WASHINGTON – The Ukrainian American Bar Association held its 41st annual meeting in the confines of the U.S. Capitol Building. The conference, titled “U.S.-Ukraine: New Policies, Strategies and Lessons from the Past,” took place during the weekend of November 9-11 and attracted a wide array of attorneys, jurists and academics from the United States as well as from Ukraine.
The conference ended with a banquet honoring one of the co-chairs of the Congressional Ukrainian Caucus, Congressman Andy Harris of Maryland, who received a Special UABA Award for his efforts and continuing support of Ukraine.
At the outset of the conference, the attendees were welcomed by UABA President Oksana Pelekh, who pointed out that this was the first time that the UABA annual meeting was taking place in the U.S. Capitol. A special greeting was also extended by an honored member in attendance, Chief Judge Timothy M. Tymkovych of the United States Court of Appeals for the 10th Circuit, who expressed his continuing interest in the UABA and pleasure at being able to attend the meeting in the nation’s capital.
Victor Rud, a founding member of the UABA, addressed the group on a timely topic, “The Iceberg Beneath the Mueller Investigation: Understanding our Understanding – or Not – of Russia.” Mr. Rud chairs the UABA Committee on Foreign Policy and International Affairs and is actively engaged in national security matters affecting the United States and Ukraine.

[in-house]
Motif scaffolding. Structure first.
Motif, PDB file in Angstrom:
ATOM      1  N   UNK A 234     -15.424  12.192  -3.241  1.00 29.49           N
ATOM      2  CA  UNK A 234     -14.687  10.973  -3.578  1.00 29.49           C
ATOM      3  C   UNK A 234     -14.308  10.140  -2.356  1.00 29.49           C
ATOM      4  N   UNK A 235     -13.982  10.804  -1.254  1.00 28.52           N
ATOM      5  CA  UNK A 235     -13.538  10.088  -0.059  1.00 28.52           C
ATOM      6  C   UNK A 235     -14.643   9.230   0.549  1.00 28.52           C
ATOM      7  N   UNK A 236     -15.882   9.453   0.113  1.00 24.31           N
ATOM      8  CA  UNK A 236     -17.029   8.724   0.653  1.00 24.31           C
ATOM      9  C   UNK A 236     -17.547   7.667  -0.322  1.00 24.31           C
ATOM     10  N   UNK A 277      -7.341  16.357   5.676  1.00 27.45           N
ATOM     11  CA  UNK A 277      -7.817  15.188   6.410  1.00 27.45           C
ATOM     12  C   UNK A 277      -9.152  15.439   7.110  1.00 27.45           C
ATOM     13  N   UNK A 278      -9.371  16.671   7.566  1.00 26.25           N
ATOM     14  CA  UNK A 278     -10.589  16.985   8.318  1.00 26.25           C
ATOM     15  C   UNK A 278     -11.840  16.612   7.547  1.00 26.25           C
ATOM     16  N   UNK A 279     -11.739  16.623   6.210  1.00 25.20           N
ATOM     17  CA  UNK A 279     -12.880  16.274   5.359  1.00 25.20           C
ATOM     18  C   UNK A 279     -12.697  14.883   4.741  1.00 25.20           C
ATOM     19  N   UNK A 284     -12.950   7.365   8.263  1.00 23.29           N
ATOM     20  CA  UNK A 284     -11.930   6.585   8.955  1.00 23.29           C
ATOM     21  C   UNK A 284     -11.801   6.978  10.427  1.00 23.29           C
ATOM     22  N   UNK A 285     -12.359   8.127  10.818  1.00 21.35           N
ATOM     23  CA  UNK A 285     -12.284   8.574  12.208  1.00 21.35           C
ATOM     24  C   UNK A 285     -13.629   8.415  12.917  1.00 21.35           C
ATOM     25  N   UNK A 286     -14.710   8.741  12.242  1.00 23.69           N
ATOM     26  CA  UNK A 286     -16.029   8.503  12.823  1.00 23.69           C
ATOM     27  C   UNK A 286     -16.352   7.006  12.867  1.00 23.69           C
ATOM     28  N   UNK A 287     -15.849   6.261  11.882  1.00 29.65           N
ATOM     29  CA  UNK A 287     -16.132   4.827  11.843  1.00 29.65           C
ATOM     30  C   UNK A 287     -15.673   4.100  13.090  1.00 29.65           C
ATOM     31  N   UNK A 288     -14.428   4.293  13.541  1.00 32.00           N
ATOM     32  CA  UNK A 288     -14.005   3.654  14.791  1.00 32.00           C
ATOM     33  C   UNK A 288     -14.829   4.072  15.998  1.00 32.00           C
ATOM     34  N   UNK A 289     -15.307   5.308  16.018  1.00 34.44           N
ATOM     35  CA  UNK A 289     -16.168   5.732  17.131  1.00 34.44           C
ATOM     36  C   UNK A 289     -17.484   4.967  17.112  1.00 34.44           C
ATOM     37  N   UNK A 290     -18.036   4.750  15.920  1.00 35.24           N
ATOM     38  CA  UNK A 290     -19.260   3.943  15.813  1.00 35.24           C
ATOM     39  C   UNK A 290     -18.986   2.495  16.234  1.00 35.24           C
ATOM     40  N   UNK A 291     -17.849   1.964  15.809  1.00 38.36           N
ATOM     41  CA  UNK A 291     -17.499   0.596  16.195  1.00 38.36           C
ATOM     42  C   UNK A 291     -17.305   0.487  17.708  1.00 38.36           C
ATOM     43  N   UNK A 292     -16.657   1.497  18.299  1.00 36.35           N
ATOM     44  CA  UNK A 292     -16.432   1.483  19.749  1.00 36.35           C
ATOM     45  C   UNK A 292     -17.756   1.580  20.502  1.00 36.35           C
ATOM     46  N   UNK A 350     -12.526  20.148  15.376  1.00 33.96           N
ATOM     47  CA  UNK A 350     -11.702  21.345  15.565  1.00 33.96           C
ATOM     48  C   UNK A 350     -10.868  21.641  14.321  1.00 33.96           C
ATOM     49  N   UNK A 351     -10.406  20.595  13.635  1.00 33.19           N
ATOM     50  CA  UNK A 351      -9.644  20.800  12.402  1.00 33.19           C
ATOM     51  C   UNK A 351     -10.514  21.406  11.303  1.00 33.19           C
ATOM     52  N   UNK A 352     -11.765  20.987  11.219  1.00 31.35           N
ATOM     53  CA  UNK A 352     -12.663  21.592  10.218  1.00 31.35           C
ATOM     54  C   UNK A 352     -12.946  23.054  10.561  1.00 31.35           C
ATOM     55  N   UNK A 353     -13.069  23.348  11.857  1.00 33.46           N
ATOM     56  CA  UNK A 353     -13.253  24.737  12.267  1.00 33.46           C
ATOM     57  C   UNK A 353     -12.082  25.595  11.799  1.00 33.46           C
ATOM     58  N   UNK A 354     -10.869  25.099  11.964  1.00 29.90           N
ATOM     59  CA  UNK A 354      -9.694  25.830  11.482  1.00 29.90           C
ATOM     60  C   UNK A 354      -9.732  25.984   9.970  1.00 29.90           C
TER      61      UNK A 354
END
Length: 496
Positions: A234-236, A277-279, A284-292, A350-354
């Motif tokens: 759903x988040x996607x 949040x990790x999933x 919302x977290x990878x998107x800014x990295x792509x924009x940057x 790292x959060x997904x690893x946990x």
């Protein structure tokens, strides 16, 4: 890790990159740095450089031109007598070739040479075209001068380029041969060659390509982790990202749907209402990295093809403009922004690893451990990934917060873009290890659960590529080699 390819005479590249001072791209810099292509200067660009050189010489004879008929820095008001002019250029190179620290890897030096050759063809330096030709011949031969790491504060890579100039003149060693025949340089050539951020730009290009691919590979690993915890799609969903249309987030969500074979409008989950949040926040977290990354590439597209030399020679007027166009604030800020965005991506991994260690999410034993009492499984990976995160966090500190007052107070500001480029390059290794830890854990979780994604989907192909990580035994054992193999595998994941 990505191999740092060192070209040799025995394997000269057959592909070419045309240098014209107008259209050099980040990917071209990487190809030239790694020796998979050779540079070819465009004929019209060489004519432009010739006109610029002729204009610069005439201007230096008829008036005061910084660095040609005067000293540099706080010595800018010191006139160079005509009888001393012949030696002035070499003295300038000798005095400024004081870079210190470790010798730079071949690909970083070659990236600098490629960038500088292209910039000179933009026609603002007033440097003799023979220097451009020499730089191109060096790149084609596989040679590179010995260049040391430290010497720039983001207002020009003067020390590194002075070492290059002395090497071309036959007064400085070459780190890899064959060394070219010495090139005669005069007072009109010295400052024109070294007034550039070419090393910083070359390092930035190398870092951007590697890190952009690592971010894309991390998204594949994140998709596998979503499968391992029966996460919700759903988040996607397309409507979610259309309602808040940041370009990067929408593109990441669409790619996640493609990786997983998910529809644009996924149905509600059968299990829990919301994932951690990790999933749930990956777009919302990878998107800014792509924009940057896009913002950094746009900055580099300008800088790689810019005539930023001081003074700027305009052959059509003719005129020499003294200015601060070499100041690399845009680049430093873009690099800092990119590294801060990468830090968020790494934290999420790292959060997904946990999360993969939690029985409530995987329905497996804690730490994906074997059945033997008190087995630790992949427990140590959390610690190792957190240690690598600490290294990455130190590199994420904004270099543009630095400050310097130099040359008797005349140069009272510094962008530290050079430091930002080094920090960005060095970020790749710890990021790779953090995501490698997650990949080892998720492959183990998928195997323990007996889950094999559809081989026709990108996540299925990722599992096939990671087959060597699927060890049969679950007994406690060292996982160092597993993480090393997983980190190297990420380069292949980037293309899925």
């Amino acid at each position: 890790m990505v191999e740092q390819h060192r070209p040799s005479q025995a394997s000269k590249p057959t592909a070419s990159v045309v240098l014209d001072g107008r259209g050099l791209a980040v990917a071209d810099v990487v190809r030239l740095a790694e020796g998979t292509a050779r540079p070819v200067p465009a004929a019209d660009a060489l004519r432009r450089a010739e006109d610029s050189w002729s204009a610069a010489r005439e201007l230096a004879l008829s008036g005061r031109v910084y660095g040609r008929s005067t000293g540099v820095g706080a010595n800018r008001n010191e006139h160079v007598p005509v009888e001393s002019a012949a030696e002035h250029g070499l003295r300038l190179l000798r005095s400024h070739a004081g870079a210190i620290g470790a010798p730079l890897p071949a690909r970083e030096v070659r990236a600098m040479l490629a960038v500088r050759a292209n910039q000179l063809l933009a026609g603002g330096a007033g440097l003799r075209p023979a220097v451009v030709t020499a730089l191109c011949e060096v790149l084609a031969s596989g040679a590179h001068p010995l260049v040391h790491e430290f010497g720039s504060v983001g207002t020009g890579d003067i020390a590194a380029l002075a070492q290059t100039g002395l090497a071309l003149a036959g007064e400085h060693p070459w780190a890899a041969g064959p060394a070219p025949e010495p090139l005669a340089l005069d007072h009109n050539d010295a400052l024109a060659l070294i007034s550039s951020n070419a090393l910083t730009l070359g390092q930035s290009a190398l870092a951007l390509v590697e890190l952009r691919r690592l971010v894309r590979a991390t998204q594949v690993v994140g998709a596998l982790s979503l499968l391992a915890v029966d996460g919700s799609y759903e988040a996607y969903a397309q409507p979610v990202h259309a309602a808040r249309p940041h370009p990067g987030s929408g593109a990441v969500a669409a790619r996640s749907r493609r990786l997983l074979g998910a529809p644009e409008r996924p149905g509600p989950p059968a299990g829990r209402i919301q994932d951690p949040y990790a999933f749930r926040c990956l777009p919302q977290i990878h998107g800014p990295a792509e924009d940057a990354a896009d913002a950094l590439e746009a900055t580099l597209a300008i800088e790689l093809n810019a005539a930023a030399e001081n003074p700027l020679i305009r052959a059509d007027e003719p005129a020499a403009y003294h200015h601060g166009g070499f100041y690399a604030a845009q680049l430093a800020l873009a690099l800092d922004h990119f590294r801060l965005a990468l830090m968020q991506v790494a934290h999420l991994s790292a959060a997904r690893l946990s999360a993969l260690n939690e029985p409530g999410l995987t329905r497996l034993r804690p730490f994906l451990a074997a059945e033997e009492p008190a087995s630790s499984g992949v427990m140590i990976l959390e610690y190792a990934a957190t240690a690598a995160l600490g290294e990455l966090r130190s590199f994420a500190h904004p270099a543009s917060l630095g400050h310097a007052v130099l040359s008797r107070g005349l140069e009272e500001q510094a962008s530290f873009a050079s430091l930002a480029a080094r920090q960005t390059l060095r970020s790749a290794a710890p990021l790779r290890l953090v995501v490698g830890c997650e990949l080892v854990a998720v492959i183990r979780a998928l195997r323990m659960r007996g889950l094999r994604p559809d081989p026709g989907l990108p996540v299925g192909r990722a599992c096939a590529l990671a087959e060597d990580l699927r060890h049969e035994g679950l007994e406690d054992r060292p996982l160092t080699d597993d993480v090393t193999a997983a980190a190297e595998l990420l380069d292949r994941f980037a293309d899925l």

Mr. Rud took aim at the West’s lack of understanding of Russia and failure to acknowledge or deal with the risks that Vladimir Putin and the Kremlin pose to democracy and the international rule of law. This naiveté, Mr. Rud said, finds its roots in the post-World War II policy expounded by, among others, the former U.S. ambassador to the USSR, George Kennan, who wrote in his memoirs: “The Russians don’t want to invade anyone. It’s not in their tradition.”
In particular, he cited a mindset in Washington and the West that views the fall of the Berlin Wall and the break-up of the Soviet Union as the end of the threat rather than the beginning, even as Mr. Putin seeks to re-assert Russia’s dominance over its neighbors who are now sovereign nations, like Ukraine. He pointed out that five years into the largest war since World War II, between the largest country in the world and the largest country in Europe that gave up its nuclear arms – no one even hears about it.
Relying upon published materials, Mr. Rud built a case for America’s ignoring clear signs of what was to come by ignoring such defining events as: Russia’s attack on Armenia; Mr. Putin’s celebration of Joseph Stalin’s 120th birthday in 1999; and commemorative services for Felix Dzerzhinsky, regarded as the founder of the KGB. Even Mr. Putin’s own lament about the demise of the Soviet Union as being “the greatest geopolitical disaster of the 20th Century,” was viewed with amusement.
Mr. Rud posited Russia as the same adversary from tsarist history which today poses a new but not identified threat. America’s ability to prepare for the immediate challenge is further confounded by Russia’s use of propaganda, disinformation and manipulation. In 2013, Gen. Valery Gerasimov described the doctrine that bears his name, when he said: “It is now possible to defeat the enemy (the United States) through a combination of political, economic, information, technological and ecological campaigns.”